In will soon be travelling to Ecuador and Colombia for the first time, with a three day stopover in New York on the way out.
I have a new article in The Telegraph about the Micronations Conference in the Micronation of Alcatraz. I attended, partly as research for a new book I am working on provisionally titled Never Never Lands.
Other recent articles include a short feature on my top ten favourite books for Geographical Magazine, an East Africa Guide for TNT Magazine, a feature in Fortean Times on West African Voodoo, and another guide for TNT on Eastern Europe called Beauty and the East.
I recently did an interview with Wade Shepard, on travel in West Africa, and the realities of modern travel writing, for Vagabond Journey, and a radio interview with Steve Collins from Australia's Radio Roaming.
The Kindle version of Voodoo, Slaves and White Man's Graves has now been downloaded from Amazon by over 20,000 readers. I am also hopeful that a third edition of the paperback will be published some time next year. If you like the book, then any reviews on Amazon or Goodreads would be appreciated.
Nearly thirty years after the nuclear power plant disaster at Chernobyl, both tourism and wildlife are thriving within the exclusion zone.
'It's good, isn't it?' said our driver, pointing to a battered children's tricycle 'abandoned' next to the shell of a vandalized, grey Soviet building. 'I brought it over yesterday.' We looked up from our viewfinders for a second before returning to the process of capturing such a photogenic image, while sweating in our long sleeved shirts... Read More
Some of the best travel writing of the 21st century has taken the form of the graphic novel.
It wasn't really until 1986, when Art Spiegelman's Maus was published - a tale inspired by Speigelman's Holocaust surviving father, in which Nazis are depicted as Cats, and Jews as mice - that graphic novels first began to be taken seriously as a medium for depicting historical and non-fiction events. This hugely successful work of art went on to win a Pulitzer Prize... Read More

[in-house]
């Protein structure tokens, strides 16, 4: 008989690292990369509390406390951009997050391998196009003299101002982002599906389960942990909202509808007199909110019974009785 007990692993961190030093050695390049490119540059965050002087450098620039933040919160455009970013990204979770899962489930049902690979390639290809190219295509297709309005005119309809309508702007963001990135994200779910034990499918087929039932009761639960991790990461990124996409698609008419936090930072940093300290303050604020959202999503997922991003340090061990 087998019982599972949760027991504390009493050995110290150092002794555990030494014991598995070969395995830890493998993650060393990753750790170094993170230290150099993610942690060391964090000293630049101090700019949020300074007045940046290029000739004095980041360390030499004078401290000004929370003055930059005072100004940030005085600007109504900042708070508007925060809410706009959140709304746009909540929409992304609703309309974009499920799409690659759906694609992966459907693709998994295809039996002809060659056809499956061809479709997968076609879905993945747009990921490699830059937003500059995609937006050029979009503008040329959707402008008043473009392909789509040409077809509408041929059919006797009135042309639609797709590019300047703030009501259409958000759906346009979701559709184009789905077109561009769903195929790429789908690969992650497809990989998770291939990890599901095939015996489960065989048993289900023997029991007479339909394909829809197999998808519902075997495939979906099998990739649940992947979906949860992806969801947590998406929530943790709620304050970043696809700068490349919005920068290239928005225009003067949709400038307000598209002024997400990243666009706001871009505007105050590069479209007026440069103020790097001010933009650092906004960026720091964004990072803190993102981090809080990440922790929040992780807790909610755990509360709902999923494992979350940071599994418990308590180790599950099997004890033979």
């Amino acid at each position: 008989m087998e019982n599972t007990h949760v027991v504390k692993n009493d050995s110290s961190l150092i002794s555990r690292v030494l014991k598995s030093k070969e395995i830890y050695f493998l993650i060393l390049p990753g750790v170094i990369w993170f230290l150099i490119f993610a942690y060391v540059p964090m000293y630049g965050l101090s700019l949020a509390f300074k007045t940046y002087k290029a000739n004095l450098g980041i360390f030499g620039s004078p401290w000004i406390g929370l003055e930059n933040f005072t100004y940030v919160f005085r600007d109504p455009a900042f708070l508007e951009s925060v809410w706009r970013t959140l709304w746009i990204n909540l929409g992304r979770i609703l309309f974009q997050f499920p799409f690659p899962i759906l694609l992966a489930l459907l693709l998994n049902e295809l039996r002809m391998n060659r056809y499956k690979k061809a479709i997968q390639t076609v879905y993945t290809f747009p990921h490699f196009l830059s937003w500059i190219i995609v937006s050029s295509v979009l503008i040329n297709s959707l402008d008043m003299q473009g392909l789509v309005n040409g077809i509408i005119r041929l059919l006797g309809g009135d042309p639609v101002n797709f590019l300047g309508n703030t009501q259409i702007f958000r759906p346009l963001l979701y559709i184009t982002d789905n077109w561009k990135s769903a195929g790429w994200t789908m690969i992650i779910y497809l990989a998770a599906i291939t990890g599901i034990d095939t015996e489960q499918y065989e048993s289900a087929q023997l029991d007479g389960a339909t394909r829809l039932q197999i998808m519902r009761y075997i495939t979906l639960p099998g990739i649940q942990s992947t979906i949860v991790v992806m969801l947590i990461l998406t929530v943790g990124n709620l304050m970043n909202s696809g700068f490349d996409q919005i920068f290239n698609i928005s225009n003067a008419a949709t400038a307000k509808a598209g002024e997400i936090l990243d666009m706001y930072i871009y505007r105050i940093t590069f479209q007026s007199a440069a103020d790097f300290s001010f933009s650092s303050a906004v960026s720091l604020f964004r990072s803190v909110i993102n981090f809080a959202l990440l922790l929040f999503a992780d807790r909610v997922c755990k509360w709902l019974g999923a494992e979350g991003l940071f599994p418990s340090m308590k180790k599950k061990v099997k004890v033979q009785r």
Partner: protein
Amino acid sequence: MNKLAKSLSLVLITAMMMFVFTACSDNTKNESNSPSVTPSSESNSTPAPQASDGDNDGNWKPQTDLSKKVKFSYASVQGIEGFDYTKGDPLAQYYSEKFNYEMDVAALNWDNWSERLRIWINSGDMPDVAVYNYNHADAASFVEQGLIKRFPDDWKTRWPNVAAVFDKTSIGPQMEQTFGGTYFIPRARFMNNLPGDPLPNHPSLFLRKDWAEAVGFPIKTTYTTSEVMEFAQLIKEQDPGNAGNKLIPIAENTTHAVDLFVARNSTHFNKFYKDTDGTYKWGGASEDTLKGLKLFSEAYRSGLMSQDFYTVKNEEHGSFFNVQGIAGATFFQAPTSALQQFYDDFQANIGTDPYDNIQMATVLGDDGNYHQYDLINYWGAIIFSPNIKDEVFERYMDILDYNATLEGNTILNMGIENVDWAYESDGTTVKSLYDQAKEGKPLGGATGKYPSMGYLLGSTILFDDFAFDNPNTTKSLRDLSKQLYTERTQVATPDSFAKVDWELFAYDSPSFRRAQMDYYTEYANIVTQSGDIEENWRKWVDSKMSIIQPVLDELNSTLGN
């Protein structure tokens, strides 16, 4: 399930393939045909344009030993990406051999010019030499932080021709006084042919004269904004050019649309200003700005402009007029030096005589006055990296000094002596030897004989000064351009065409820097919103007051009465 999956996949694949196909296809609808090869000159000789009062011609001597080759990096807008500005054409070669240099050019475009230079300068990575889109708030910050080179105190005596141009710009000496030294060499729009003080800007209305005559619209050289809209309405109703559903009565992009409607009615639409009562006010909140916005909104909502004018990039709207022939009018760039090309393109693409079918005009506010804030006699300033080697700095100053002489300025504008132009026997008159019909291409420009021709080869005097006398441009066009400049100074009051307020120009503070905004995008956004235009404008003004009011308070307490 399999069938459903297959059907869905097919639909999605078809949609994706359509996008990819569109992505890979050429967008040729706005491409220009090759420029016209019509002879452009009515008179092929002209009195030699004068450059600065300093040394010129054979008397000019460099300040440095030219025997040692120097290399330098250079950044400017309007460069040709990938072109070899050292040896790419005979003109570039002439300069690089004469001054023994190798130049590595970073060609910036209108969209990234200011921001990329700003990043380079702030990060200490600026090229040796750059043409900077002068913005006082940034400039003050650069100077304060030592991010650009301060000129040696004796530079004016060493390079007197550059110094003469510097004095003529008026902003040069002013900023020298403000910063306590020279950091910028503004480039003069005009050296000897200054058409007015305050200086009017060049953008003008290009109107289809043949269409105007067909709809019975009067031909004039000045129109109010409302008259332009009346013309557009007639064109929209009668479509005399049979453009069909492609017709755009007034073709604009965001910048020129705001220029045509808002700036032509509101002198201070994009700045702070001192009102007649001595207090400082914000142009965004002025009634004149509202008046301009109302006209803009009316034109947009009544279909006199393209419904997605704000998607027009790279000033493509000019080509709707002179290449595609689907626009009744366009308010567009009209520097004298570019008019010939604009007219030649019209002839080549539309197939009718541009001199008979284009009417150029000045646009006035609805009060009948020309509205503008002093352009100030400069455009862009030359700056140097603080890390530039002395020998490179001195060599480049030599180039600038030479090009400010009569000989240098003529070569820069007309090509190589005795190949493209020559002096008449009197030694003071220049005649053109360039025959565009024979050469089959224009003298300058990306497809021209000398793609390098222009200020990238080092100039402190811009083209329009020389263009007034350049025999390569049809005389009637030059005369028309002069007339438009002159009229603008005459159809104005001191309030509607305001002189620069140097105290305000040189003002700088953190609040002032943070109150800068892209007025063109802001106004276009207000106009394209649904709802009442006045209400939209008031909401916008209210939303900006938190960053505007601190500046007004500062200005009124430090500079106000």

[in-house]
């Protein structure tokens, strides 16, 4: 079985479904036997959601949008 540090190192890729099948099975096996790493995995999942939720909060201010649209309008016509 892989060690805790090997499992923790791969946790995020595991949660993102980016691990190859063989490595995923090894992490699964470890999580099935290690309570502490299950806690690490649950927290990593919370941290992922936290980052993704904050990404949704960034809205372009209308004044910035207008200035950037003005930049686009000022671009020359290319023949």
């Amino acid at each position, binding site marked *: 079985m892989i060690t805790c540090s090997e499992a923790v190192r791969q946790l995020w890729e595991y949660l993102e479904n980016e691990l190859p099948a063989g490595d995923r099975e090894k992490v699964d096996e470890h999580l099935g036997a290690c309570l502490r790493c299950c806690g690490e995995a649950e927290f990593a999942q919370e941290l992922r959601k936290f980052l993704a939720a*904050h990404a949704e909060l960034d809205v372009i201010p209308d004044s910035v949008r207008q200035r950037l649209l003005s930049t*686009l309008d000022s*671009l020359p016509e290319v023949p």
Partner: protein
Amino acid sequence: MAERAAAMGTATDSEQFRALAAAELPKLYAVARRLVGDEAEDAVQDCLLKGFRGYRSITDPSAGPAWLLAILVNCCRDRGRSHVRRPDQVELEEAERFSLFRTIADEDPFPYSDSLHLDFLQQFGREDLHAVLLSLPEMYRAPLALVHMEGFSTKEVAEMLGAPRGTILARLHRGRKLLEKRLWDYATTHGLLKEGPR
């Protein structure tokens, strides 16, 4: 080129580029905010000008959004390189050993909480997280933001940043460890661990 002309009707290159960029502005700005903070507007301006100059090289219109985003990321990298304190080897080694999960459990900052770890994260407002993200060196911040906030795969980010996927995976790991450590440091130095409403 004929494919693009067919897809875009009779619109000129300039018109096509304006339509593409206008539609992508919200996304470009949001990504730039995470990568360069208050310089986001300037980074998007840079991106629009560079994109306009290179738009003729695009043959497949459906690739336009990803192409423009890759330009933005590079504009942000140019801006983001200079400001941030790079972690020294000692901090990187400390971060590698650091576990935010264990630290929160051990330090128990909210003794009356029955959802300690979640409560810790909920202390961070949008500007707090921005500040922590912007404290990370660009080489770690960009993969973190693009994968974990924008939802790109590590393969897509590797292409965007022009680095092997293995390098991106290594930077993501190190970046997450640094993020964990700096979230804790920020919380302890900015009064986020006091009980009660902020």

I've recently returned from a trip to Israel and Palestine, visiting Tel Aviv, Jaffa, Jerusalem, Bethlehem, Haifa, and Akko. We arrived in Jerusalem on the morning of the recent synagogue attack, so security was high and the atmosphere a little tense.
I was partly visiting as research for a possible new travel book called Never Never Lands: Travels to Countries that Might Not Exist. As part of this project, I have also recently visited Transdniestre, Monaco, San Marino and Uzupis.
As we clattered through the Kyzylkum desert in the battered shared taxi, the driver reached across and offered me some pills. When I asked him what they were, he shrugged. Sometimes the drivers would take nicotine pills rather than smoking, but chewing tobacco had already been passed around. When it was time to spit out the dregs, they would push open their doors and gob out huge streams of brown spittle into the passing desert. If the timing were wrong and the wind in the wrong direction, then the back seat passengers would be splattered with the chewed out remains. I was wary of accepting an unknown quantity of...
The two young Aussie guys in their bright white shirts couldn't hide their disappointment. As the various day trippers had trudged back on to the Fraser Explorer four wheel drive bus, several had looked over to them quizzically. They looked a bit too smart to be on our bus. "We're custom officials" they said, cheerfully. They weren't really. They were trying to flog fifteen minute flights over Fraser Island for seventy five Australian dollars a head. Apparently this was great value, we'd see all the highlights from a bird's eye view - maybe even some dolphins and sting rays - and we wouldn't miss any of the...